Cav Wine Bar
I've read that some reviewers (Michael Bauer) hadn't considered this a food place as much as a wine venue, but that he'd changed his mine after revisiting. i know not many people on this site respect Bauer, but I was wondering how people felt about Cav lately (i only found older postings.)
I went for the first time last week. We started out with the Sampling of Three from the charcuterie menu: Foie gras, pig trotters, and boar country pate. The foie gras pot de creme with cubes of jellied Riesling was the least impressive of the three - which says a lot. The foie gras was creamy and was a nice - tho standard - pairing with the sweetness of the Riesling. The boar pate was hearty, dense, and perfectly spiced. The accompaniments were homemade pickled vegetables - in particular, i loved a little tart, dilled cauliflower. But the pig trotters stole the show. I've had them before but here they were sort of carmelized, so they had a crispier, chewy texture, and were infused with garlic.
Next were three cheeses (Brillat Savarin, Abbaye de Belloc and St. Maure) with a wonderful spicy peanut brittle, jelly, slivered dates, hazelnuts, and other little accompaniments. this was such a treat from the standard date bread. They have a good selection of cheeses, about 15 or so, and the portions were quite good-sized.
That was going to be enough, but we let ourselves be talked into the squab over scrapple. This was my next favorite item - a very tender, satiny, pinkish breast of squab sitting on what to me semed like a slightly grainy/gamey version of a polenta cake. another good contrast, and my first exposure to scrapple. i can't for the life of me remember what the ingredients in this particular scrapple was made with, but i want to say it was veal, and the bartender took pains to describe the chef's take on this dish.
We tasted several wines. You can get half glasses for between $3.00 - $3.75, and they were generous with their pours. I stuck to whites - tried a Turkish Cankaya, which was bone dry but a little light for me. I also had a Muller-Thurgau, something I've always found I can depend on to go well with food. I had a glass of my usual favorite, a New Zealand Sauvignon Blanc. But the best was a Spanish Torrontes Terra Buena, described as spicy, lychee, melon & citrus. When I first smelled it, I thought it was going to be too sweet. The nose was heavy and floral, syrupy even, and you could really pick out the lychee. But it was wonderful, fruity but not sweet at all. I'm going to try to hunt this one down. We also shared an aperitif, a Jerez Fino Elcano from Spain, which was a light-tasting sherry, but still complex and just as described, with notes of toasted almonds and hazelnut.
I'm wondering how other people's experience compares to this. I tried Maverick a few days later, and wasn't anywhere near as pleased.
I think everything I've ordered at Cav has been great, and for my taste they have one of the most interesting by-the-glass lists in the city.
Three of us had an evening snack at Cav a few months ago and were pleased. My torchon of foie gras was faultless and came with nicely toasted brioche. I didn't get to try another companion's lamb dish, but it looked good. The cheese plate, however, stole the show. As the original poster mentioned, Cav offers an astounding number of cheeses for such a small restaurant, and all three of the cheeses we tried were delicious and correctly stored. Also noteworthy were the many different accompaniments provided, including honey, dark bread, marcona almonds, quince paste, and plumped dried fruit. The full menu can be found on the Cav web site at http://www.cavwinebar.com/.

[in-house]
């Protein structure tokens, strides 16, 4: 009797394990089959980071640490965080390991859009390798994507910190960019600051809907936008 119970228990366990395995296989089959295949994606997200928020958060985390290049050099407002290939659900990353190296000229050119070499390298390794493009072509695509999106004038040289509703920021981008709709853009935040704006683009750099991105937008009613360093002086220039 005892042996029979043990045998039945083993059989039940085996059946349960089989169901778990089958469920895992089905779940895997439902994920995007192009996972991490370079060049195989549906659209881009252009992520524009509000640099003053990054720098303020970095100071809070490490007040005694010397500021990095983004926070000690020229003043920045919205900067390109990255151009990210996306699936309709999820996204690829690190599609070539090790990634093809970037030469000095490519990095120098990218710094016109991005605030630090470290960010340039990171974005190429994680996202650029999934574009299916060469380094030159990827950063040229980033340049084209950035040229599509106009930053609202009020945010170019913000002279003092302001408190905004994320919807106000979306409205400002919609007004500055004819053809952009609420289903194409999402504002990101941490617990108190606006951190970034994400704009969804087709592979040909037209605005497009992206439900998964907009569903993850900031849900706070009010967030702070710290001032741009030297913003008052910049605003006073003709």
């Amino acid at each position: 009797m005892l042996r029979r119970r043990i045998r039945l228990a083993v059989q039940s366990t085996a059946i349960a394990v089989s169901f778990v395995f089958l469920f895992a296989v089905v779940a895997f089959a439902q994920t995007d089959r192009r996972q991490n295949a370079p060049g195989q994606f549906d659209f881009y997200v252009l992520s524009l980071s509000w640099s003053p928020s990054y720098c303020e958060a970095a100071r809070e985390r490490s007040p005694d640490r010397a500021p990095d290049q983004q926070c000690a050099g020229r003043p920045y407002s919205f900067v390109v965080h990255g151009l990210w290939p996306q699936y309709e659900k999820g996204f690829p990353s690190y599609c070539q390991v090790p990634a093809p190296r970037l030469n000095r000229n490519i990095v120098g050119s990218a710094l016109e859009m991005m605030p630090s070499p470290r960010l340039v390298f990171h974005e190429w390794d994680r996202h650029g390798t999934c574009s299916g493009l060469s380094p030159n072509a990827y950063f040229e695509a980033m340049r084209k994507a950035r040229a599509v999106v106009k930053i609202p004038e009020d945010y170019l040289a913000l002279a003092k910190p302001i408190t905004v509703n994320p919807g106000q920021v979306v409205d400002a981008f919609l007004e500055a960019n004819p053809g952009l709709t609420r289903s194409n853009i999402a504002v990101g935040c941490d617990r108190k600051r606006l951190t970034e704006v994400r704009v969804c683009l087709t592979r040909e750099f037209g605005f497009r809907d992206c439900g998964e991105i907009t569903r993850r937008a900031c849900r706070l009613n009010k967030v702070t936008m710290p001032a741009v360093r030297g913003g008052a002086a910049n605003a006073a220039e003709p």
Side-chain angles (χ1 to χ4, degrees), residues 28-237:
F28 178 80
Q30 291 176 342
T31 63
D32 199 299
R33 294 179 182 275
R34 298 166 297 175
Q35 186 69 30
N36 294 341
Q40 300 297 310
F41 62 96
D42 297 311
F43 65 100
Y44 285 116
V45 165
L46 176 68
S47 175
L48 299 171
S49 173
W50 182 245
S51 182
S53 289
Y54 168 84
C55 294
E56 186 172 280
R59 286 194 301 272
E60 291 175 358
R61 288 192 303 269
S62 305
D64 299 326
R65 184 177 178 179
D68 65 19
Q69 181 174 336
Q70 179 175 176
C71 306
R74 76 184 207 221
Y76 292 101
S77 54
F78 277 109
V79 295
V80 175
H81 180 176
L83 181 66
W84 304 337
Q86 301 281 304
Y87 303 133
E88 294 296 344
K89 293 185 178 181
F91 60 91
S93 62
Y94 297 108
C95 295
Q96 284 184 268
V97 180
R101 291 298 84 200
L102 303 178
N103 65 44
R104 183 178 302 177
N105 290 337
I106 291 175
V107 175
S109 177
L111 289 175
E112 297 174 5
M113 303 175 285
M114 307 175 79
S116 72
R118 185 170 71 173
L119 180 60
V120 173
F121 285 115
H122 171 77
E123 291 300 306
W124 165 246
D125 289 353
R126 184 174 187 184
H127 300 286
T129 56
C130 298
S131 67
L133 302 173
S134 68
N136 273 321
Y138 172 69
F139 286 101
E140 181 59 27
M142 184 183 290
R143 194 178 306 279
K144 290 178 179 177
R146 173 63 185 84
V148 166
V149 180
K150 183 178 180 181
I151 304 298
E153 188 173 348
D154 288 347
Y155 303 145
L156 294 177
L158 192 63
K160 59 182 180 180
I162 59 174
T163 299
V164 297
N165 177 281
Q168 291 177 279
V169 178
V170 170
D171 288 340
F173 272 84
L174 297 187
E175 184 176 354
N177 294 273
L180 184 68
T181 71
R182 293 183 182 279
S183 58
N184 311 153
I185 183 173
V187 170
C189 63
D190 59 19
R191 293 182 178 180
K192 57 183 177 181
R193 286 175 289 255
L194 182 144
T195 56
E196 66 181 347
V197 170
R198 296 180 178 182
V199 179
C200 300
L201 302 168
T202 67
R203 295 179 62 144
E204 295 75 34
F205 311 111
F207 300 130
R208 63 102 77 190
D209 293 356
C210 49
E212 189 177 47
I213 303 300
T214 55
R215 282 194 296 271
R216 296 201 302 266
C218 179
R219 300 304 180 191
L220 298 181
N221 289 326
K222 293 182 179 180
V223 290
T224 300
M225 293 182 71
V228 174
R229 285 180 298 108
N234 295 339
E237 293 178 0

Cav Wine Bar
1666 Market Street, San Francisco, CA 94102
I ate at Cav a few weeks ago and thought that the dishes I ordered were done well (squab/scrapple, fried green tomatoes, squash blossoms). My overall issue with a menu like Cav's for dinner is that they have almost no vegetable options. The three dishes I had were heavy (the squab had a thick demiglace, the tomatoes had thick breading, and the squash blossoms were fried as well) and none of them had a veggie accompaniment. I didn't really expect one with the apps but it would have been nice to have something green served with the squab. Despite the fact that I was stuffed, I felt compelled to order a mixed green salad at the end to combat the heavy meal. I'm not sure I'd rush back there again for dinner for this reason, although I'd definitely go for a cheese or charcuterie plate and wine.
It's a small plates menu mixed with large sampler platters (crudo, cheese, charcut); every time I've been, there have been a few interesting veggie sides for well under $10, so we just make sure to order something green.
Food wise, we were thrilled with the food the first year they were open, then after a few more ho-hum dinners in the past 6-12 months we have sort of stopped going; sounds like it's time to check it out again.
As far as their wine list goes, we were able to find an obscure German Riesling they were pouring by the glass at Arlequin wine merchant, on Hayes at Gough. The owner of Arlequin asked us where we heard about the wine, and when we told him we had it at Cav he mentioned that he loves their wine program and that when the winery came out to San Francisco to do sales they sold to both Arlequin and Cav, so there's definitely some creative cross-pollination there. I like Arlequin for this type of transaction, but I find the owner prone to pre-judging customers and being rather aloof so it isn't our regular wine shop.